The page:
Tips for Packing Items Before Shipment

When it comes to high performance audio gear, marking the box "fragile" just isn't enough
When it comes to high performance audio gear, marking the box “fragile” just isn’t enough.

Great – you’ve sold your item!  Now it’s time to think about how you plan on packing and shipping it to the buyer.  Poor packing and/or shipping is one of the biggest reasons buyers leave negative feedback, so it’s important to consider the options for this vital step.

  • Double box using the original box and packing materials as the inner box (e.g. styrofoam inserts) whenever possible, and pick another plain box slightly larger for shipment.
  • Original packaging should be damage-free.  Mold, mildew, weak corners, flood damage, and other visible marks can not only weaken the box for shipping, but probably won’t win you any points with the buyer.
  • Use a plain box for the outer shipping package.  You don’t want to advertise what’s inside, as the box may be left unattended.

Maybe you’ve moved a few times, and the original box has seen better days.  In that case, start fresh.

  • Use a new box that’s slightly larger than your item.  A box that’s “just right” is more susceptible to accidental damage during shipment. You can always fill the gaps with packing material.
  • Pack with materials like bubble wrap, raffia, foam peanuts, or rigid foam inserts.  They can sometimes mean the difference between “Yay!” and “Nay.”  Remember the “Egg Drop Experiment” in high school, when you had to drop an egg in a take-out container down a few stories?  The more shock-absorbing cushioning, the better.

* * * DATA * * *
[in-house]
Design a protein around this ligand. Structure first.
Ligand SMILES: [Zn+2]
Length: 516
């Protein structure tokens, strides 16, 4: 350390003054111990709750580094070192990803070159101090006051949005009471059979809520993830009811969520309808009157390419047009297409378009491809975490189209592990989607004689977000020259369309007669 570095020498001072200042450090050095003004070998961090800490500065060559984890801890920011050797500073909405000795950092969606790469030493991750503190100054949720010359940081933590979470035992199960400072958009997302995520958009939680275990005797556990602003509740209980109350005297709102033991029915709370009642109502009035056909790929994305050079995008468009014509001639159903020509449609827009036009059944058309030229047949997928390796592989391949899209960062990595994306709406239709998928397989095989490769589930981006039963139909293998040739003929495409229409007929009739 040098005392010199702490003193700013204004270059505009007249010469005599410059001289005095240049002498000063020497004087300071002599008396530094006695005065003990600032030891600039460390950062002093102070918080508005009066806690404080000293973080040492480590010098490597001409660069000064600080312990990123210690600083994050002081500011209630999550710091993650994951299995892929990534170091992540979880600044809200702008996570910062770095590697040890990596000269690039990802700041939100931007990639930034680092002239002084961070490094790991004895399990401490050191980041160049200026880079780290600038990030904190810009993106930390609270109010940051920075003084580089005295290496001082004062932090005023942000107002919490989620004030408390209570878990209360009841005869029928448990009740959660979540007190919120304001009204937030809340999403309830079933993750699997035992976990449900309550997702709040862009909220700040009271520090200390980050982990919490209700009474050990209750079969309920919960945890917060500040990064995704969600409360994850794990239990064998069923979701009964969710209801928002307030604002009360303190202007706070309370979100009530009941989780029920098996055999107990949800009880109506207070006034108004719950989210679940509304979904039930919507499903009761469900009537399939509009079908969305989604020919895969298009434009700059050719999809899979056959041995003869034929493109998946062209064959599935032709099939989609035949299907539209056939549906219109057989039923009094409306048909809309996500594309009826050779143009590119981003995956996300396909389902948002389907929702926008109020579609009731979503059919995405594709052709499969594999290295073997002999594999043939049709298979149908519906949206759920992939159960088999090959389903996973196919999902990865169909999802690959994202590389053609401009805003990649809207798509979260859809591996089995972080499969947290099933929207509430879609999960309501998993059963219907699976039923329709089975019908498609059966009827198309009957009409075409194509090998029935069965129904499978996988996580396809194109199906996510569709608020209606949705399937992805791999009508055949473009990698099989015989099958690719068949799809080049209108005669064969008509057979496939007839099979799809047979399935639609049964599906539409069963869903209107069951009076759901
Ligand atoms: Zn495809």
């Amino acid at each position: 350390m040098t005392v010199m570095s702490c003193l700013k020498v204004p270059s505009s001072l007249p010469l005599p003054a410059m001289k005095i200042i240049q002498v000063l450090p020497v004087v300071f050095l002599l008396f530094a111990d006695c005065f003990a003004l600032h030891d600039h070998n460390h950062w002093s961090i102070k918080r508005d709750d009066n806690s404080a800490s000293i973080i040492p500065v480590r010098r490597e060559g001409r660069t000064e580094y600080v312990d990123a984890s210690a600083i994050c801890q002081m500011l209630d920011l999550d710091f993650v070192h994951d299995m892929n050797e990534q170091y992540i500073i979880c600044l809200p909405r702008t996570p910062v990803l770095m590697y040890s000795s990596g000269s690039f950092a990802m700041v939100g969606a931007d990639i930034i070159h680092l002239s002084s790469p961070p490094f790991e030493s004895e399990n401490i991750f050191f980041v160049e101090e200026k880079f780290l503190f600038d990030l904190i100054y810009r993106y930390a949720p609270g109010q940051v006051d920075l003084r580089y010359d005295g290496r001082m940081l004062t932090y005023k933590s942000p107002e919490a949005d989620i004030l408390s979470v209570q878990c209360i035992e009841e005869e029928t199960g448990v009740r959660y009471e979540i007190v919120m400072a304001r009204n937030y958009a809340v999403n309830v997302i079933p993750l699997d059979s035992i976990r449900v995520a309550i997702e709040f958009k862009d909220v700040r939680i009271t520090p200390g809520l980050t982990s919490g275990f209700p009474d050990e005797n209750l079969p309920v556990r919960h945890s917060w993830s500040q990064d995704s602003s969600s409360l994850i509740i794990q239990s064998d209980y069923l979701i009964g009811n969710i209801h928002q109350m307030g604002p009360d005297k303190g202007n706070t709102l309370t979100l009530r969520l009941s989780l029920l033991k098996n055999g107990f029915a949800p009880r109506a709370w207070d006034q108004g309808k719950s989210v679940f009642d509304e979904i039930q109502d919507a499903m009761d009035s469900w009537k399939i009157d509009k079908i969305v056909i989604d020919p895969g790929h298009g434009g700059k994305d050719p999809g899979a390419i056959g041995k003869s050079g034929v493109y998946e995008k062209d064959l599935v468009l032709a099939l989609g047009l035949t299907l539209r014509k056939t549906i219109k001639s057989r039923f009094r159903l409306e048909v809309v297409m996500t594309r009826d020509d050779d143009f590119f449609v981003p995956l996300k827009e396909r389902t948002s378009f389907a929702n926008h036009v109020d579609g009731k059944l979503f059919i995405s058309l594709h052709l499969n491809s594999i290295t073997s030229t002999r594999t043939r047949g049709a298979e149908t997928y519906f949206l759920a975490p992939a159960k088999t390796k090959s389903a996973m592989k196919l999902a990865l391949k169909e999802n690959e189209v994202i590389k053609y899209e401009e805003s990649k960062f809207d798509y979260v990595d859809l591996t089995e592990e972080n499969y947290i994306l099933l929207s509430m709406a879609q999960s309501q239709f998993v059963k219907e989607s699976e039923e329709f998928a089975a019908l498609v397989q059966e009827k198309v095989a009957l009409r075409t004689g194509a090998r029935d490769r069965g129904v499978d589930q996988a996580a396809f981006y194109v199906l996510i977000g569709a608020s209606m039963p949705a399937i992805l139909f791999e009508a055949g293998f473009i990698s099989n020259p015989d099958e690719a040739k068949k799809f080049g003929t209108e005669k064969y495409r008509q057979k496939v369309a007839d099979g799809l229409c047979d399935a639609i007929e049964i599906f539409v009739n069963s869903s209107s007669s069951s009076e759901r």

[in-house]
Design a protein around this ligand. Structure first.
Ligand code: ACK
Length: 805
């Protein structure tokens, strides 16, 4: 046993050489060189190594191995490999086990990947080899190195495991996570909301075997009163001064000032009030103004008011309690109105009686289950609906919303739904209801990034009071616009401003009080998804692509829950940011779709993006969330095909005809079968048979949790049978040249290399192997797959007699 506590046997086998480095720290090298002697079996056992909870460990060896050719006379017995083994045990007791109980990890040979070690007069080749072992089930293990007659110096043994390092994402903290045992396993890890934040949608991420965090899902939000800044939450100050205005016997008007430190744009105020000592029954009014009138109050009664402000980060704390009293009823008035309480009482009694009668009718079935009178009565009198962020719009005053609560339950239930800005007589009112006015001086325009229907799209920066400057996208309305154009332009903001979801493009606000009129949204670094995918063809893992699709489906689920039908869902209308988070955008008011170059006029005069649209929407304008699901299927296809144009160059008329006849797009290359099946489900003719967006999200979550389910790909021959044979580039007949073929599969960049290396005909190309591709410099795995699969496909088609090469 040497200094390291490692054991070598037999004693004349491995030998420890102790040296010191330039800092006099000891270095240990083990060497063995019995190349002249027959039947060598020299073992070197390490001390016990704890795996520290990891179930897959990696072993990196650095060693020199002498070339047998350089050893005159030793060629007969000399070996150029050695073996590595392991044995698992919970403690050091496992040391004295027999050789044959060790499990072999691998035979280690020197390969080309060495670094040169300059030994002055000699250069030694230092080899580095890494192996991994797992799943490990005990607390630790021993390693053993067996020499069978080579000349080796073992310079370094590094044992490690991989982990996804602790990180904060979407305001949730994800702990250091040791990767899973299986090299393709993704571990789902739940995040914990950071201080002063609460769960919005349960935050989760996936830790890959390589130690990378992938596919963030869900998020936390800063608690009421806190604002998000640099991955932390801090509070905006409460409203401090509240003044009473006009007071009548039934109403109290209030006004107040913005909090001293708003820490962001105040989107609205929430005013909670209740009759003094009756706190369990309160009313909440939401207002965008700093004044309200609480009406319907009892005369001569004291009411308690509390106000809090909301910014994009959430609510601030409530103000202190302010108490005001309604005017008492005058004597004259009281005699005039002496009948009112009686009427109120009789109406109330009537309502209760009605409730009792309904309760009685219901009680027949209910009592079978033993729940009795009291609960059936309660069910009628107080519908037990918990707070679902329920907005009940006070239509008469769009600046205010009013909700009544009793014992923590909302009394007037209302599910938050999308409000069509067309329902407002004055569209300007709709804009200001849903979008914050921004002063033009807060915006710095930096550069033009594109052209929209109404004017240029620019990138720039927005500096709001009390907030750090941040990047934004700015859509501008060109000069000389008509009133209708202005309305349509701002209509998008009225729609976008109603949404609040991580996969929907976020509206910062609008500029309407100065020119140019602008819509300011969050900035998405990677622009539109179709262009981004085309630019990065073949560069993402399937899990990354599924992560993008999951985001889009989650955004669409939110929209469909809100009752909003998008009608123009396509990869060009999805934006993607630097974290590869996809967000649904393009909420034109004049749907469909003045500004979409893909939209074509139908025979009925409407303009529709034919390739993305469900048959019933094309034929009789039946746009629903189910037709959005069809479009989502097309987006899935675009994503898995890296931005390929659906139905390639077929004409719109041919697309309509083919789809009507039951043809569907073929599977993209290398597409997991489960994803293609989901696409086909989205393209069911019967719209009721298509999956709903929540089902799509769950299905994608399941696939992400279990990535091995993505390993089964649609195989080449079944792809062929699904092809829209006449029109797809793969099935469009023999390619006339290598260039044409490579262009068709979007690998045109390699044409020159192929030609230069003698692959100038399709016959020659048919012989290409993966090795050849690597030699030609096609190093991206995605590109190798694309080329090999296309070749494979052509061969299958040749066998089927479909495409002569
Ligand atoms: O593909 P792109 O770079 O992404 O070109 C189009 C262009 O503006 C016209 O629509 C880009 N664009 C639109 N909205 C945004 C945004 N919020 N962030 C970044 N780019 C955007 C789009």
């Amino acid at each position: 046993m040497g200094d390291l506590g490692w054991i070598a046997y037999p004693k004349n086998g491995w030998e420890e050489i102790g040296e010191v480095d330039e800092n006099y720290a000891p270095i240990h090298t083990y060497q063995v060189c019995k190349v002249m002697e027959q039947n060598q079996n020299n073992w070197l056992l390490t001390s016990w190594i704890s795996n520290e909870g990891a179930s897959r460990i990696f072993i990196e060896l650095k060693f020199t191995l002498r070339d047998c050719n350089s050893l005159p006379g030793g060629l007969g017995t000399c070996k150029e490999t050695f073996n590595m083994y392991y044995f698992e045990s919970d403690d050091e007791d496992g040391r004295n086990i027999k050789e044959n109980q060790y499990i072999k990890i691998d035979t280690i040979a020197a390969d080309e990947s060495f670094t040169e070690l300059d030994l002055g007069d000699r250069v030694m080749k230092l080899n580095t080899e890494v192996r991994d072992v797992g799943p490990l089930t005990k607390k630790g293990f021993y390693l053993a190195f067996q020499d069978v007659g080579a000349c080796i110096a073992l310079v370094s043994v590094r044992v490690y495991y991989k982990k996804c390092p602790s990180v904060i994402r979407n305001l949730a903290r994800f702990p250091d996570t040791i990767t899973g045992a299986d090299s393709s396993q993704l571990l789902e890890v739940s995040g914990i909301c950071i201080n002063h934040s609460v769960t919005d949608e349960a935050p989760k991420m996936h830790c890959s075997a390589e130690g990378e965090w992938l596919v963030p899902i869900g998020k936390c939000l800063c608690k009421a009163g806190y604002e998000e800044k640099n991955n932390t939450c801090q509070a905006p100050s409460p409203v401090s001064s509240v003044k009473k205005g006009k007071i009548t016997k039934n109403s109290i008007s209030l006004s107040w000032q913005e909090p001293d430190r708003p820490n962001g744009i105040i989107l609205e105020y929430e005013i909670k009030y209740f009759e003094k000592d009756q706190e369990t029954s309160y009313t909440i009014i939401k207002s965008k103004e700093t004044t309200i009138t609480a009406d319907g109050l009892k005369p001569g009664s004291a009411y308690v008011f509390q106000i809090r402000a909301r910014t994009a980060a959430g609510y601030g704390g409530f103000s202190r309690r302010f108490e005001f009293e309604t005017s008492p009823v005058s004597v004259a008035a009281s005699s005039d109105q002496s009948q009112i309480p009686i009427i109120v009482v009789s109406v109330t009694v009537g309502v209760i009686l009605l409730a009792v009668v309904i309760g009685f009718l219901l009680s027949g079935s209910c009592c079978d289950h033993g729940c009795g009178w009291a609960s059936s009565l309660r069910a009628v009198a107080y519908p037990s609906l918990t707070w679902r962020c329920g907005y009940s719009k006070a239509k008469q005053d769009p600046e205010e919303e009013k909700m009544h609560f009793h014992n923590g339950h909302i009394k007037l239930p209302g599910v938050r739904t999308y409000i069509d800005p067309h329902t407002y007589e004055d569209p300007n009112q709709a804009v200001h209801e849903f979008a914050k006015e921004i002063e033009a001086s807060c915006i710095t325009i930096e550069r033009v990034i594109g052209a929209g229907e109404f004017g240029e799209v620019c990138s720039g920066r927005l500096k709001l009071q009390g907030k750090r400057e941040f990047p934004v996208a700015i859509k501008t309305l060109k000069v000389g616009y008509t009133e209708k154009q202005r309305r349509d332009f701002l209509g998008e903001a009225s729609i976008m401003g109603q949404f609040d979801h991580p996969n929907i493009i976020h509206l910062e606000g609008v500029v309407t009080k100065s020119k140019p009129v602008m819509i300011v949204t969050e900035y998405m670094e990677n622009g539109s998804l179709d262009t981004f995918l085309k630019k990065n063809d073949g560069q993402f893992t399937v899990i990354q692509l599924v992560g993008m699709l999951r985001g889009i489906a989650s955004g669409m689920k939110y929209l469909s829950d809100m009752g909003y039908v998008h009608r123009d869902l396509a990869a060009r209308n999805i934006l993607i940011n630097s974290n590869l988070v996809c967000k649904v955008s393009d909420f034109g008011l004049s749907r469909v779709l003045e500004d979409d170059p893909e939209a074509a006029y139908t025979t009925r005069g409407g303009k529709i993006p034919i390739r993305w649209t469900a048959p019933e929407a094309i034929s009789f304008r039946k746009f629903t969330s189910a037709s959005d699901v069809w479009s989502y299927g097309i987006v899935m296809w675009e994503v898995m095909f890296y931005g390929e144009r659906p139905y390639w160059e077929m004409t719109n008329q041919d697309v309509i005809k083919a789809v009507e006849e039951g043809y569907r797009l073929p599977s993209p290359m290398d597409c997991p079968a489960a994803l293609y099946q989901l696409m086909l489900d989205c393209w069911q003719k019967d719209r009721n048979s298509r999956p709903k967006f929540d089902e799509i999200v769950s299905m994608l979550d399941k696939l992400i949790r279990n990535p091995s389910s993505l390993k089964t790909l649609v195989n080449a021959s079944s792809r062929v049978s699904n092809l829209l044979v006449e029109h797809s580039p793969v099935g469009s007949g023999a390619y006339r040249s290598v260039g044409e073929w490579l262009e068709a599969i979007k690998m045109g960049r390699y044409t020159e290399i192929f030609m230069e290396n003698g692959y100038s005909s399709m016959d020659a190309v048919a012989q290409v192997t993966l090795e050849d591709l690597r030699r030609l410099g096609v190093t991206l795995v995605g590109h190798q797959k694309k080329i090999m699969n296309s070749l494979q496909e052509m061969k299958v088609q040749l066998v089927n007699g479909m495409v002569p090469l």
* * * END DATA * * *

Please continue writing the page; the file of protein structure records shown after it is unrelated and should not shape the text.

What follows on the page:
• Foam corners are most likely to protect the item despite any shipping snafus.

    image credit:
    Despite exterior damage, the item inside arrived in prefect condition thanks to the superior packing job.

Before you tape up the box, close the lids, and give it a shake or slide on the floor.  If the item moves, you need more packing material.

  • Use strong tape.  Clear or brown packing tape, reinforced packing tape, or even duct tape are all acceptable options.  Just make sure the tape is at least 2″ wide.
  • Seal the opening of the box AND all the seams.  It’s always good to reinforce the seams when shipping heavy items.


Following these simple packing tips should help ensure your item arrives at your buyer’s house unscathed  Do you have any tips or tricks to pack audio components safely and securely for a long journey?  Let us know by commenting below!

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